Interest in growing?

Peterson mentions a woman who lived a life outside of Christ for many years. She became a Christian when visiting a church. And then she knew something had to be different, no longer the life of alcohol, drugs, and sex. But she didn’t know anything about living.Serving at the feet of Jesus Peterson continues:

But do you know what she found most difficult? American churches. Not that she wasn’t welcomed. She was. She was something of a prize, a “brand plucked from the burning”—a Christian! But she also found that these American churches seemed to know everything about being born in Jesus’ name but seemed neither interested nor competent in matters of growing into the “measure of the full stature of Christ.”

She looked around her and saw that her new friends were doing the same thing she had done earlier, only not so obviously. These churches seemed to her to be full of ideas and projects that they used as she had once used alcohol, drugs, and sex—to avoid God, to avoid being present in life, being present to neighbor. They were doing everything religious except following Jesus.…She was alarmed by the parallels to her former life and determined to live more sanely as a Christian than she had as a pagan. (pp. 4–5, Practice Resurrection)

Now that is an indictment! This is a challenge for every Christian, as well pastors and leaders. These questions will help us in our study of Ephesians.

Do we even see the parallels she mentions? Are we running around busy with church activities so that we avoid what it means to follow Christ? Have we looked for short term goals rather than long term maturity in Christ?

Scott Bennett wrote on his blog this past week:

“I don’t have to have 5 million Followers or Fans to make a difference. I can invest deeper in those right around me, and let the breadth take care of itself.”

I think he has caught something of this maturing in Christ.


About exegete77

disciple of Jesus Christ, husband, father, grandfather, great-grandfather, teacher, and theologian
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6 Responses to Interest in growing?

  1. Pr. David Johnson says:

    Great observations about how easy it is to avoid real discipleship, real following Jesus in word and deed as He sends us to those who need Him and that’s everyone.

    • exegete77 says:

      Howdy, David. Thanks for reading and commenting. Avoid becomes an “attribute” and passes from one generation to the next.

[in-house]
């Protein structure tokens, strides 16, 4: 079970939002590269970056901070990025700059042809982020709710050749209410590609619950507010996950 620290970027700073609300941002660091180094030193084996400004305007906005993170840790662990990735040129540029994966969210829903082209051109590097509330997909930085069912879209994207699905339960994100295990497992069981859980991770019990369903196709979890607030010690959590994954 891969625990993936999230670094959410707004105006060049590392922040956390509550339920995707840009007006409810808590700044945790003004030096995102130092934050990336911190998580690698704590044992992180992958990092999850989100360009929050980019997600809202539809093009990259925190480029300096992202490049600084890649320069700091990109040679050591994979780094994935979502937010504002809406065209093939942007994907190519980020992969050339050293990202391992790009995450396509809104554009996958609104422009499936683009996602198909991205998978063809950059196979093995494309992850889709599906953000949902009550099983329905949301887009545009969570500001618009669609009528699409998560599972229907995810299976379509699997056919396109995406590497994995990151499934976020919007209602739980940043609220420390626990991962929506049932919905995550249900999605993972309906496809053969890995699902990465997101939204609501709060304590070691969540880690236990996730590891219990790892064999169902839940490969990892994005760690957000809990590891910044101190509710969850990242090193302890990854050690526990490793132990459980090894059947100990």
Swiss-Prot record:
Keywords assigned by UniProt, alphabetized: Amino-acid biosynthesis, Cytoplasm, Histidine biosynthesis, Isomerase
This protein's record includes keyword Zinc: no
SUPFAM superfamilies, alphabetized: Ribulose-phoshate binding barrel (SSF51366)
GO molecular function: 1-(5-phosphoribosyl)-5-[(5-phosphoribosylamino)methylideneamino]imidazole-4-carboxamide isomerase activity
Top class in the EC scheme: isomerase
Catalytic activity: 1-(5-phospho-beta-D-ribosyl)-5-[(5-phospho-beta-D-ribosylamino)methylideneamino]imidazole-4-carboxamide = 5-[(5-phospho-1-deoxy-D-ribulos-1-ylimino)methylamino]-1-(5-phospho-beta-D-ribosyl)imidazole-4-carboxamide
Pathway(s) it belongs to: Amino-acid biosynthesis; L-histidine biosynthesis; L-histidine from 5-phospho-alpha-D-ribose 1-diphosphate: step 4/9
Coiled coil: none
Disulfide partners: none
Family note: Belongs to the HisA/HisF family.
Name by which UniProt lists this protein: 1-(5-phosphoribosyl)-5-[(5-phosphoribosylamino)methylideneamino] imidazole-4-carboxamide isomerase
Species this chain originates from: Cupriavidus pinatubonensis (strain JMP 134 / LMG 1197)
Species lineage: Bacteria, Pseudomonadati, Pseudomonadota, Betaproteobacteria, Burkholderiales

2. Interesting, very much so.
    I agree that projects and busy-ness can easily distract us from the important things, and it is always tempting to do those things rather than to obey Christ, HERE.To love with his love, HERE.

    curious to hear what this “more sane” lifestyle looks like 🙂

    • exegete77 says:

      Howdy, Emily. I think part of the temptation/attraction is those activities allow us to set goals and measure ‘progress,” in the business sense.

      Perhaps “more sane lifestyle” reflects the balance of the life in Christ (the theme of Ephesians). However, with six kids under 10, I’m not sure “more sane lifestyle” can be applied to you! 😀

  3. Craig Henningfield says:

    Two reflections come to mind. The first deals with what some call the subtle shift from “Christendom” to “churchdom,” the shift away from the pursuit of motivating and mentoring God’s children to the “measure of the full stature of Christ.” We all live in and are influenced by a culture that has moved relationships from a more “give/receive” foundation to a more “buy/sell” mentality. Pursuing the program allows a greater sense of control.

    Second, just a personal reflection, is the movement away from images such as “balance” toward the images of “equlibrium.” “Balance” happens when we find a way to have enough “good” on the one side to counter-balance the “bad” on the other. I.e. we can still be in “balance” even while retaining the “bad.” To me, “equilibrium” retains more of the tension that bears upon the sinner/saint in daily living. The tension is not between the “good/bad;” it is between “Christ/Christian.”

    • exegete77 says:

      Thanks, Craig. Interesting, when I used the word “balance” I wasn’t think between good and bad. Rather between the various aspects of all on the good (“in Christ”). For instance, in Ephesians 4, Paul presents a balance between the body of Christ (4:1-16), and the individual Christian in that relationship (4:17-32). If either of these is distorted then, the Christian loses that which God intends for both the body and the individual (the life of the body and the life of the church are both unbalanced).

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